Thank you Lord, that you hold my topsy-turvy world in Your hands. While I am waiting, You already know. While I am trusting, draw me closer to Your side. Thank You that you are with me “in the waiting.”

 

 

Making the Most of Mud Puddles

It’s summertime and everywhere you look there are people talking about, posting pictures about, and planning their family’s summer activities. My husband and I recently had a conversation where we committed ourselves to not just letting the summer days slip by, but to be intentional about “making memories” with our children during this time. Make no mistake; I said “making memories” not “spending lots of money.” So, we did what every great set of parents do who are on a shoestring budget for summer…we bought a kiddie pool.

We set the red and blue fish-themed pool up in our backyard and ran the water in it. We even went “all out” and bought a tarp to put down underneath the pool so our children would have a place to step when getting in and out of their water wonderland of fun. Oh yes, memories are going to be made here! We had the kids dressed in their bathing suites and turned them loose! Both kids lit up with excitement as their eyes beheld their new “making memories” pool. Summer had officially begun!

I began to notice something about Ezra. Although my sweet boy (who loves the water) had a great time splashing and playing in his little pool, he started dumping buckets of water outside of the pool. He was very busy. Instead of giving into the “Corrective Momma” side of myself, I watched. I watched as he worked very hard. It didn’t seem as though he was carelessly throwing water out of the pool, he obviously had a mission to complete…I wanted to know what it was! Finally, Ezra set his water bucket aside, climbed out of the pool, and huddled himself into a perfect little mud hole. He was so proud of himself! He grinned from ear to ear as he sat hunched over in the mud puddle he had worked so hard to create. Periodically throughout our playtime he would jump in the “making memories” kiddie pool we had bought, but most of the time he preferred his very own, Ezra made, very full mud puddle.

That’s when it happened. He came and got me and led me right to his very special, very large mud puddle. Now, for those of you who have never met me personally, I am not exactly a let’s-go-sit-in-mud kind of girl. But can I tell you something? When your four year old, Autistic son says “Come!” and leads you to a mud puddle, and when he pulls your arm down towards the mud puddle, and when he plops himself down in that mud puddle and looks back up at you with big please-come-sit-with-me eyes…YOU ARE GOING TO SIT IN THE MUD PUDDLE!

So, I sat in Ezra’s mud puddle. A look of complete delight filled my son’s face. It was as if he was saying “Yes Mom, you get me! This was exactly what I was wanting. I wanted to share my puddle with you! Isn’t it great?!” He sat down in my lap and gave me great big kisses…while we sat in the big ‘ol mud puddle, beside the “making memories” pool.

As I sat in the mud puddle (Ezra kept me there for quite a while), the Lord laid something on my heart as He often does through everyday life circumstances. Here we were, sitting in mud, next to a pool of clean water. It only makes sense that the desirable place to be would be in the pool where the water is clean, and clear, and where you can see all the little creepy crawler things that crawl around outside (amen?)! …But the blessing was in the mud puddle. There in the mud puddle was “connection” between me and my mostly non-verbal son. There in the mud puddle were hugs and kisses that I would have otherwise missed out on. There in the mud puddle I sat never having been so thankful to be covered in mud in all my life.  It wasn’t comfortable for me. I didn’t like the mud. I HATE bugs…and you know they had to have been swimming in that puddle somewhere with me. Sitting in the puddle did not seem to make the most sense…But the blessing was in the mud puddle.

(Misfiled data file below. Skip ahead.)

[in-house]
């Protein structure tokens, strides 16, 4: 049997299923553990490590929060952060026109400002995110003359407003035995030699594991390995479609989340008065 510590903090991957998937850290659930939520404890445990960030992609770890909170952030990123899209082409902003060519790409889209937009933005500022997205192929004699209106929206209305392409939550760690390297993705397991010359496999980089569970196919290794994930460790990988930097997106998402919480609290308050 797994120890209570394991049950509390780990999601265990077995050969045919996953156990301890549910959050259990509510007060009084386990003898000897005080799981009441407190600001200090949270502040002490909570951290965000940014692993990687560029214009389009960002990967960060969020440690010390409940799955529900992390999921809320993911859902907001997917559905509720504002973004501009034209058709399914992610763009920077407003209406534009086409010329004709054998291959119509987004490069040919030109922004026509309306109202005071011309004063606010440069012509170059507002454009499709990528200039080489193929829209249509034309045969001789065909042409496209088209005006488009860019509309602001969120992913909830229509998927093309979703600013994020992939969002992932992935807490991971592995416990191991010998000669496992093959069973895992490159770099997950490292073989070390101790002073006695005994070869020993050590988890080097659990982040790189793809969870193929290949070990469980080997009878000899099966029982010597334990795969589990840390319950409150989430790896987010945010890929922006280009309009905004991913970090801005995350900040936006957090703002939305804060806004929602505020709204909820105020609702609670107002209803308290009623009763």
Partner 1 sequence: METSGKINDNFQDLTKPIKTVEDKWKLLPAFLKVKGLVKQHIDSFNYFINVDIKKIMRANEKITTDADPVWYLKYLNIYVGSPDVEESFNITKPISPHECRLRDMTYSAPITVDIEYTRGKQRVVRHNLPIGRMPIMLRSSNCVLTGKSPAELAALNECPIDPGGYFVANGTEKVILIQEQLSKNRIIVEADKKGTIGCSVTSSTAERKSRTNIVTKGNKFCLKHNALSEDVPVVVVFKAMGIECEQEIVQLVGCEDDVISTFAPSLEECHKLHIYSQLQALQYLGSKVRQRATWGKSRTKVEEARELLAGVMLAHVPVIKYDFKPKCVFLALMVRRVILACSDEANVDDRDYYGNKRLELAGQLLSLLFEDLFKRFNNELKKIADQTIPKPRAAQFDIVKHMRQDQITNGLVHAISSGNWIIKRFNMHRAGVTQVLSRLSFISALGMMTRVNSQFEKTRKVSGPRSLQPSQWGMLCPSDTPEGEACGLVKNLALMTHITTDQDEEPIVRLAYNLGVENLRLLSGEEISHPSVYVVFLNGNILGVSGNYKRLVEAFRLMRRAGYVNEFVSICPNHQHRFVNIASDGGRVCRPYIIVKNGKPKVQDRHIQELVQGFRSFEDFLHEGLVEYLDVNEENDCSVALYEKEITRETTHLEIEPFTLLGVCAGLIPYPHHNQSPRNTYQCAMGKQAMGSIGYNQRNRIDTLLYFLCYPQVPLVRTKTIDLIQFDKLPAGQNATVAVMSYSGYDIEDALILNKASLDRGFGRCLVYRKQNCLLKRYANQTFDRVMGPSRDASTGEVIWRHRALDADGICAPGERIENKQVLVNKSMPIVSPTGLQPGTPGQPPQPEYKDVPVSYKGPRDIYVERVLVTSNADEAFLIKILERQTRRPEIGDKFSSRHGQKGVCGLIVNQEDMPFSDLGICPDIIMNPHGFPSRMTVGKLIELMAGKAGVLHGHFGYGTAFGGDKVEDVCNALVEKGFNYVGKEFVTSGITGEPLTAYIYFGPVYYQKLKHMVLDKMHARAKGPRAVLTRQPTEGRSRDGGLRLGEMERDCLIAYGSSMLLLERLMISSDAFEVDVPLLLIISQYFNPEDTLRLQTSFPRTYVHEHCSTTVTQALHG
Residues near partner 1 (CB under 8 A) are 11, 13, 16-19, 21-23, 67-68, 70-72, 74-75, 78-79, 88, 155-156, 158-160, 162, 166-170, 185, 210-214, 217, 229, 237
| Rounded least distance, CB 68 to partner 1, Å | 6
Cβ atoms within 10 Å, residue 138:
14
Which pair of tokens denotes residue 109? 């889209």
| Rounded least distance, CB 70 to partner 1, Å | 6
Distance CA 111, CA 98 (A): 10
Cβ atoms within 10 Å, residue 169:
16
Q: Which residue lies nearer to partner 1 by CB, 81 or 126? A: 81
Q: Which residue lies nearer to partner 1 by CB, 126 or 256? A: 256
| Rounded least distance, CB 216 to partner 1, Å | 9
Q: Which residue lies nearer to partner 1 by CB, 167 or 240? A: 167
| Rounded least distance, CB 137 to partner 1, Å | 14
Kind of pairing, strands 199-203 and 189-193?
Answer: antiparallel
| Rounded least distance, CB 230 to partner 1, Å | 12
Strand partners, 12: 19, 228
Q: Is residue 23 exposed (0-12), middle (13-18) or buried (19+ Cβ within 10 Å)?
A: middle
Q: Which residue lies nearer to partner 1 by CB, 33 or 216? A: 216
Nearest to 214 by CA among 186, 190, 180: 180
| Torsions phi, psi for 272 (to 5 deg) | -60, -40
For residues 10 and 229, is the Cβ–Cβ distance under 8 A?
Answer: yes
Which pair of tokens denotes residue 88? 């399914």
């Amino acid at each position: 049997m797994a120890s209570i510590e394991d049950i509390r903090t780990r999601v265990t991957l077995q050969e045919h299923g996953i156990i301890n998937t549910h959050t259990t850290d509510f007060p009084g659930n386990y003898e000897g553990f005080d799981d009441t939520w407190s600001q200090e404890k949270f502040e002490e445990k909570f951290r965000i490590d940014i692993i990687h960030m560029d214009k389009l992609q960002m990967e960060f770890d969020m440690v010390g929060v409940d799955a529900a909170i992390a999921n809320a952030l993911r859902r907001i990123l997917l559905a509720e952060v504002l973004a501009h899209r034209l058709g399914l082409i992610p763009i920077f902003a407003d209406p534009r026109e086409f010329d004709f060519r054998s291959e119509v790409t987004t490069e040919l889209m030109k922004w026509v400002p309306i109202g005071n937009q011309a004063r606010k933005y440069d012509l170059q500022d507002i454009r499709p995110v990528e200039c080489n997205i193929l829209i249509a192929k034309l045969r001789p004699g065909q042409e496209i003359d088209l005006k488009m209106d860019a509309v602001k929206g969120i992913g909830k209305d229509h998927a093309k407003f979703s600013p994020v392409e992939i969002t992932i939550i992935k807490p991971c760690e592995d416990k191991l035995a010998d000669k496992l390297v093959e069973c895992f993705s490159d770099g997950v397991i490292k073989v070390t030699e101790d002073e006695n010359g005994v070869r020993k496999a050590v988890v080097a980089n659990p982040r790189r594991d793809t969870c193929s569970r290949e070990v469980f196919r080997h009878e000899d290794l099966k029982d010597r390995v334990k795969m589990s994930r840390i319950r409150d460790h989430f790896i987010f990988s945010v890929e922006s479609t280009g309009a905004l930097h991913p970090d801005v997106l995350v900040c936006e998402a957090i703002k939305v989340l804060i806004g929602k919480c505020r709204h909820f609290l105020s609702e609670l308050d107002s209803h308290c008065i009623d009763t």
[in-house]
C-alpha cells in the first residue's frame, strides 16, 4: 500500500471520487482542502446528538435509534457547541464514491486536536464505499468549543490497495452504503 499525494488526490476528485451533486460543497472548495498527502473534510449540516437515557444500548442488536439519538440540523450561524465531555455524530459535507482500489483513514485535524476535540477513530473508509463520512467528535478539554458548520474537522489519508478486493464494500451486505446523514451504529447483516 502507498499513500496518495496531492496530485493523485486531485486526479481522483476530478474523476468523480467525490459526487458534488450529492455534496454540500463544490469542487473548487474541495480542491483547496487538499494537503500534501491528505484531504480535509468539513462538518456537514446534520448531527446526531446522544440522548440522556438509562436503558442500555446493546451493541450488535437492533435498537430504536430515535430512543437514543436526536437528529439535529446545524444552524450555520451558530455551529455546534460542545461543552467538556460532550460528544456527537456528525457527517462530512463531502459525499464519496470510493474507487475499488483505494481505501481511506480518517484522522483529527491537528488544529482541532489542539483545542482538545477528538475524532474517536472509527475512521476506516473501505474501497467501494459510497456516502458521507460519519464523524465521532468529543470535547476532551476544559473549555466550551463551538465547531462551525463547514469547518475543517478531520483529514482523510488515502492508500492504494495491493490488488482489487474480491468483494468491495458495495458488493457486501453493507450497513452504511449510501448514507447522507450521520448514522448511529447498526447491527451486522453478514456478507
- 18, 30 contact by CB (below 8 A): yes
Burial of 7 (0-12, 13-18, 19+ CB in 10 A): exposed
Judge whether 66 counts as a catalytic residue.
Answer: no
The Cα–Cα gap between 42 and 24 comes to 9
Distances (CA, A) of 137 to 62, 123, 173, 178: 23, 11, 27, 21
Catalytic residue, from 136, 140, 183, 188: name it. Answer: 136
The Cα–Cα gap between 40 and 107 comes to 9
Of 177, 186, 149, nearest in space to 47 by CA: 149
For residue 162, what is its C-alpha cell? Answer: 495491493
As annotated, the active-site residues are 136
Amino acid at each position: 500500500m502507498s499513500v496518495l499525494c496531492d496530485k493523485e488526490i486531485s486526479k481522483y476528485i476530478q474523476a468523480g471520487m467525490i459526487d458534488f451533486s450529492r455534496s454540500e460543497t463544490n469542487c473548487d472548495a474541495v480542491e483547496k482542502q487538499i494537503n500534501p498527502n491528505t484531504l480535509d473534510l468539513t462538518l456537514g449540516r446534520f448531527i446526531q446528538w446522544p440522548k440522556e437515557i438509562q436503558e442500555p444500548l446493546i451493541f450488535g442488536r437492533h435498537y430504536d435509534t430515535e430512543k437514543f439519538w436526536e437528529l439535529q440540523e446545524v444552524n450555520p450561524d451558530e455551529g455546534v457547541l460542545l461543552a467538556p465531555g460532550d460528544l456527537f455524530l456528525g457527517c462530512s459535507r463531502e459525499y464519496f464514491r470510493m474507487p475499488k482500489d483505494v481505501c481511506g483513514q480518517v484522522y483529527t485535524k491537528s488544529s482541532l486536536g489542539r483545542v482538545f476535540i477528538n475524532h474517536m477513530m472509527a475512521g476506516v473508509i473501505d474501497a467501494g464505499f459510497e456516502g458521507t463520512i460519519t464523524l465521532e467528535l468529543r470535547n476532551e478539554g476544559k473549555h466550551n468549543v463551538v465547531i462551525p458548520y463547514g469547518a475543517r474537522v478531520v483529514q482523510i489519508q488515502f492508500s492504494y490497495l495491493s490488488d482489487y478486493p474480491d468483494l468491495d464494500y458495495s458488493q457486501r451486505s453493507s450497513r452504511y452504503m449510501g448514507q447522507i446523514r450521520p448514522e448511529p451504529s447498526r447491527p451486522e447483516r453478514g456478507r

Can I tell you that there are some other “mud puddles” in my life right now? They are situations or circumstances that are just not comfortable. I don’t like some of these circumstances that I find myself in.  Some of the “mud puddles” in my life feel very threatening. Some of the “mud puddles” look like they could possibly be giant sink holes. Many “mud puddles” in life do not seem to make sense.  But what if there are blessings in the “mud puddles” of life?

I do not want to miss out on all that the Lord has in store for me and what He wants to accomplish in and through me, all because I am too focused on the “mud puddles” around me. I do not want to miss out on the blessings that the “mud puddles” hold.  What if the purpose of the “mud puddle” is to share my faith with a doctor or radiologist? What if the purpose of the “mud puddle” is to reach out to someone I otherwise may not have spoken to? What if the purpose of the “mud puddle” is to teach me to depend completely on the Lord to supply our family’s needs?

Certainly, there is joy to be had and thanksgiving to be given when life is clear and much less muddy. My prayer for you and for me is to be encouraged to find the blessings in the midst of the “mud puddles”; when life is a little less…clear.

"Consider it pure joy, my brothers and sisters, whenever you face trials of many kinds, because you know that the testing of your faith produces perseverance. Let perseverance finish its work so that you may be mature and complete, not lacking anything. "                James 1:2-4

Grace and Ezra in their "making memories" kiddie pool. I would love to have taken a picture of Ezra in his mud puddle for you all, but every time I got near the puddle he would pull me back down into it!